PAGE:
Monday, May 20th

Lisa Charlton, Design Challenge Winner, March 2023

Please list any awards or contests you’ve won outside of GCU.

I’ve had a few yays including Best in Show Booth and a Pet Industry Best New Product featuring my artworks on gift decor but my biggest win (and this will sound cheesy) is winning the hearts of pet lovers who view my paintings.

Please list the URLs of your 3 favorite cards in your storefront and why they are your favorites.

  1. Stay PAWSitive Canine Painting One of my most popular cards. Over 1500 sold. Created from a painting of one of our past dogs named Takoda, meaning, Friend. His name and heart lives on with every send of this card.

Bless This Nest Eastern Bluebird All Occasion One of the first cards I created for Greeting Card Universe. 

My 3rd favorite card is going to be the next card I create for my store! I hope it will be a favorite of card shoppers too. Thanks for looking. 

What was your inspiration for the make-over changes to your winning card? Please walk us through the process of how this card went from before to after.

This month’s design challenge had card artists examining their stores for a card with 0 sales and editing that card with new image and/or text but to keep the category and intended recipient the same. I had recently completed a painting of 20 dogs for the 20th anniversary of a Rescue I do annual art gift ornaments for. A painting of 20 dogs is so much more suited for a PAWty invitation card than my original card art of just one breed specific dog. Ta Da! Let’s PAWty!

Your cards feature a lot of animals. Tell us where your love of animals started and the big question, how many pets do you have?

We have two pet family members, Abby, our cat and Willie, our dog, but many chunks of our hearts have previously been taken by past animal fosters and family. The love of animals has no pinpoint. 

What sparked your interest in art? Did you start as a young child?

Yes, blessed to be influenced by art appreciators and encouragement as a young child.

Do you have formal training or are you self-taught?

 Namely, self-taught but with credit to an Italian realistic artist named Mario Aromi. He spoke few English words but through the language of art, he taught me to draw and paint realistically. Credit also to a now dear friend who taught folk art. After years of not painting, I attended her folk art class. Voila, she ignited my creative and I was soon booking art and craft shows to sell my work.

Is your work done by hand and then scanned or do you work entirely on the computer?

By hand, then scanned for reproduction on greeting cards and art gift decor. I am better with a brush stroke than a keystroke.

Have you ever/do you currently have a job other than as an artist?

I was a full-time ‘starving’ but happy to be an artist for many years. I currently flog merchandise in a thrift store 4 days a week and dabble with art for online sales. Hoping to be more of a dabbler in days to come.

What GCU artist(s) do you admire?

Hard to narrow down, from 3000+! Two artists instantly come to mind, Corrie Kuiper and Doreen Erhardt, not just for their inspirational card creations but for the hours of time they dedicate to serving the GCU community with tips, help and challenges.

You have been with Greeting Card Universe since 2007. What advice do you have for an artist considering joining GCU’s community?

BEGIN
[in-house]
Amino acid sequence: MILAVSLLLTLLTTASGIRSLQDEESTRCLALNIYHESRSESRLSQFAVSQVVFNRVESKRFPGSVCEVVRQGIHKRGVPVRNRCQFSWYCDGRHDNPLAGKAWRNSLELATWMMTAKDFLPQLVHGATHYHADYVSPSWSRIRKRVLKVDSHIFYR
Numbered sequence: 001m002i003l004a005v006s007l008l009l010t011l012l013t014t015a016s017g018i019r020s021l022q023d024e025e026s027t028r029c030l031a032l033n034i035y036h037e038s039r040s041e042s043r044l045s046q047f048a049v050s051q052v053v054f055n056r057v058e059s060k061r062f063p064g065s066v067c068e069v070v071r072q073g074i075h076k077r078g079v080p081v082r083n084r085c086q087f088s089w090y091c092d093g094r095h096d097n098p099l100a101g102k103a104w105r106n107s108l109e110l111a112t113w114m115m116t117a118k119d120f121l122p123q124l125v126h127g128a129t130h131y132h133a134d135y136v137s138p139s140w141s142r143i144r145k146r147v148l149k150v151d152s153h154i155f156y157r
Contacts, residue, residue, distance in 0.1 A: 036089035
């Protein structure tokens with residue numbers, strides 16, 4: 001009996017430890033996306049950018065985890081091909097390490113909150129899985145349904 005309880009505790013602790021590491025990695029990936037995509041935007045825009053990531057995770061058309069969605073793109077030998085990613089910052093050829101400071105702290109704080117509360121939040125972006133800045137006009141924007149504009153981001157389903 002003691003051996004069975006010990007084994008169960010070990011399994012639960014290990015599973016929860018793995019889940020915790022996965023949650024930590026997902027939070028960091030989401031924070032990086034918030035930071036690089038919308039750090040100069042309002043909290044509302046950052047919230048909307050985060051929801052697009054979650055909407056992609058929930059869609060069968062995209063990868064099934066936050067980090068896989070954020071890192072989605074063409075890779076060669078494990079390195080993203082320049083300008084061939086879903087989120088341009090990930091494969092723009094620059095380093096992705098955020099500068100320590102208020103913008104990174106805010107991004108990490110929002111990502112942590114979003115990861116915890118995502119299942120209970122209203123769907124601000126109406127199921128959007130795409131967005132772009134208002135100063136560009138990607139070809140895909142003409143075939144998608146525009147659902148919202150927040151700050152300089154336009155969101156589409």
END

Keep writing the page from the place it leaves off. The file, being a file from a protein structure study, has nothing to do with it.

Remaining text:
Join in Design Challenges, educate yourself with Greeting Card Universe’s wiki resources before you upload your first card. Learn from the fantastic reviewers. Don’t be discouraged. GCU’s reviewers set a high bar with good reason. Clear the bar. You’ll smile when you do.

What would we be surprised to learn about you?

Hmmm, nothing up my sleeve that would surprise. I live, I love, I learn, I laugh … thanks for spending time with me on Mindy’s blog. Cheers, Lisa Charlton, Cards from the heART.

Thursday, October 19th

Alda Monteschio Design Challenge Winner, August 2023

Alda Monteschio Design Challenge Winner, August 2023

Please list any awards or contests you’ve won outside of GCU.
I work for a Christian Gift company and was asked to write a Mother’s Day poem to accompany a piece of jewelry in the product line. It was the first poem I wrote for them and the product ended up winning an industry award at one of the trade shows. This poem was the first of many of what has become a whole product line for the company. I also designed a Mother’s Day card for a Hallmark contest and won. The card was sold for a season by Hallmark.

Please list the URLs of your 3 favorite cards in your storefront and why they are your favorites.
Here are 3 of my favorite cards:

Forever Loved Thinking of You Blank card
Besides the poem, I love the look of the flowers against the watercolor background.

Hip Hip Hooray Hip Replacement Success card
I was inspired to design this card for my friend’s husband who recently had a hip replacement. He said it was “a keeper” so that makes it even more special to me.

As You Begin Your New Life Wedding Congratulations card
This is another card that was inspired by and designed for a couple I know who managed to find one another again later in life. I love the soft feel of the artwork, too.

Please list any of your professional social media sites.
I have an Instagram account that I sometimes post my cards and other creations on. You can also find me on Pinterest with some pins for Heart Tugs Greeting Cards.

What were your inspirations for your winning card? Please walk us through the process of how this card went from idea to greeting card.